Linda Peterson has a question. “What’s up with ‘real quick’?” You know, as in “Can I see your I.D. real quick?” or “Wanna just sign this for me real quick?”
Often it’s retail clerks who say it.
“It makes me wonder what will happen if I don’t move quickly enough,” wrote Peterson. “Actually, it is so annoying that it makes me want to move more slowly.”
Now I suspect that often the person saying it is simply trying to indicate that he or she doesn’t wish to delay the customer.
But I’ll grant that occasionally it’s the clerk who is in a hurry. And that can get old. Real quick.
“Animal Names Department: “My husband had three pigs once upon a time that he named after operas,” wrote Loni Reynolds.
They were Pigoletto, Madame Butterpig and Soo-ida.
And then there’s this.
“We had new neighbors we had not yet met,” wrote Eileen Bakken. “Three of our cats were out and wouldn’t come when called. So I yell, ‘Otis, Jeffery, Michael, get your butts in here NOW!’ “
Turned out two of the new neighbor kids were named Jeffery and Michael.
The moment proved to be a great ice-breaker and, Bakken said, the cats came in, too.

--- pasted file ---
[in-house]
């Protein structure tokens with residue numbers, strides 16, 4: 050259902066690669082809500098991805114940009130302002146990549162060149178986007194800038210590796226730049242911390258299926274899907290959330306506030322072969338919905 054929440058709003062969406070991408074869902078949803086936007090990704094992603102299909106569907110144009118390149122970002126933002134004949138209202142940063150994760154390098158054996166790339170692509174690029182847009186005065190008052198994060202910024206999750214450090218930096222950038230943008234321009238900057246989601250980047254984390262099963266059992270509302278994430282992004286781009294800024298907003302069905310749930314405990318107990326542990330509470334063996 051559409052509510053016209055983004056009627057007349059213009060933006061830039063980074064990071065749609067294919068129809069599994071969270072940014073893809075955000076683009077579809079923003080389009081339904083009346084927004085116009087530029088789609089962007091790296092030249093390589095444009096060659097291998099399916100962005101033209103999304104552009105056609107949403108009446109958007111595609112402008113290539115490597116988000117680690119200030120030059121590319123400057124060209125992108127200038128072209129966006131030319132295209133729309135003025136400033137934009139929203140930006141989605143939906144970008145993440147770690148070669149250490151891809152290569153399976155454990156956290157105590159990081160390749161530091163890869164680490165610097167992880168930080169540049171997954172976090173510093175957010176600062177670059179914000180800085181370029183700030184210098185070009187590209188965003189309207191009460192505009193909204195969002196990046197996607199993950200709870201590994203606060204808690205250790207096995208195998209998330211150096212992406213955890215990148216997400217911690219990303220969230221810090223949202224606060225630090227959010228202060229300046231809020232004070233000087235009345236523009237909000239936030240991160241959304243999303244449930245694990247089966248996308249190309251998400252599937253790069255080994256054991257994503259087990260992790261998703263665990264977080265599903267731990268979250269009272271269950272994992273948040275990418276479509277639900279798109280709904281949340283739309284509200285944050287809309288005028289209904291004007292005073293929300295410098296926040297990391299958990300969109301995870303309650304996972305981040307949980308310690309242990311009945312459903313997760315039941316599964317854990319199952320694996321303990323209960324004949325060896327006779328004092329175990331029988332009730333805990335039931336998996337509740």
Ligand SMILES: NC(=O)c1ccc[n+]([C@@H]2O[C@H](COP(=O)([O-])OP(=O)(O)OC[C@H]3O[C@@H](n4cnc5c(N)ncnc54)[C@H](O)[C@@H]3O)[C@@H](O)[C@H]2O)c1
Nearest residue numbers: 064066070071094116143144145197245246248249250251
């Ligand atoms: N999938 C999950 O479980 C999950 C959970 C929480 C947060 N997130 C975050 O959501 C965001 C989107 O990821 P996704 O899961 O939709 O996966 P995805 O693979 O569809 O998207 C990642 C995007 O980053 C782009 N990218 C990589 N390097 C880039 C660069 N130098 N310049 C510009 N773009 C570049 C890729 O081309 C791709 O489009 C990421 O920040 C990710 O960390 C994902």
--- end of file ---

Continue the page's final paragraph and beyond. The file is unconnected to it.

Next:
“More Slice readers list their all-time favorite TV shows: “The Lone Ranger,” “Bonanza,” “Batman,” “Hawaii Five-O,” “Get Smart,” “The Many Loves of Dobie Gillis,” “Star Trek,” “The Twilight Zone,” “The Man From U.N.C.L.E.,” “Mission: Impossible.” — Dale Roloff
“Leave it to Beaver,” “Little House on the Prairie,” “Rowan and Martin’s Laugh-In,” “L.A. Law,” “Gunsmoke,” “Bonanza,” “WKRP in Cincinnati,” “NYPD Blue,” “ER,” “That ‘70s Show.” — Terri Charbonneau
“Bunch of Bobs: I spoke with one of Spokane’s many Robert Smiths the other day. And I asked him what it’s like to have a name shared by almost 30 others in the phone book. I mean, there have to be occasional mail mix-ups, wrong-number calls and what not.
Smith told me his policy: “I cash all the checks and return all the bills.”
“Family Sayings Department: Nick Britz’s little granddaughter, Gracie, once emerged from the bedroom after a nap, still rubbing her eyes and not altogether awake. “I’m crooked,” she said.
Britz thought that was the perfect way to describe that fuzzy state of mind. “Everyone in the family uses that at this point,” he wrote.
“Instead of “steel belted radial”: Rudy Bierig shared another classified ad in which something apparently got lost in translation. The ad offered “Studded field belted radio tires.”
And before Kristi Philip was an Episcopal priest, she worked for a newspaper. She still remembers one classified typo from those days. The ad listed a pickup for sale, “with wench.”
Usually, that’ll run you extra.
“Today’s Slice question: What percentage of NFL fans are political conservatives? Liberals? Oblivious?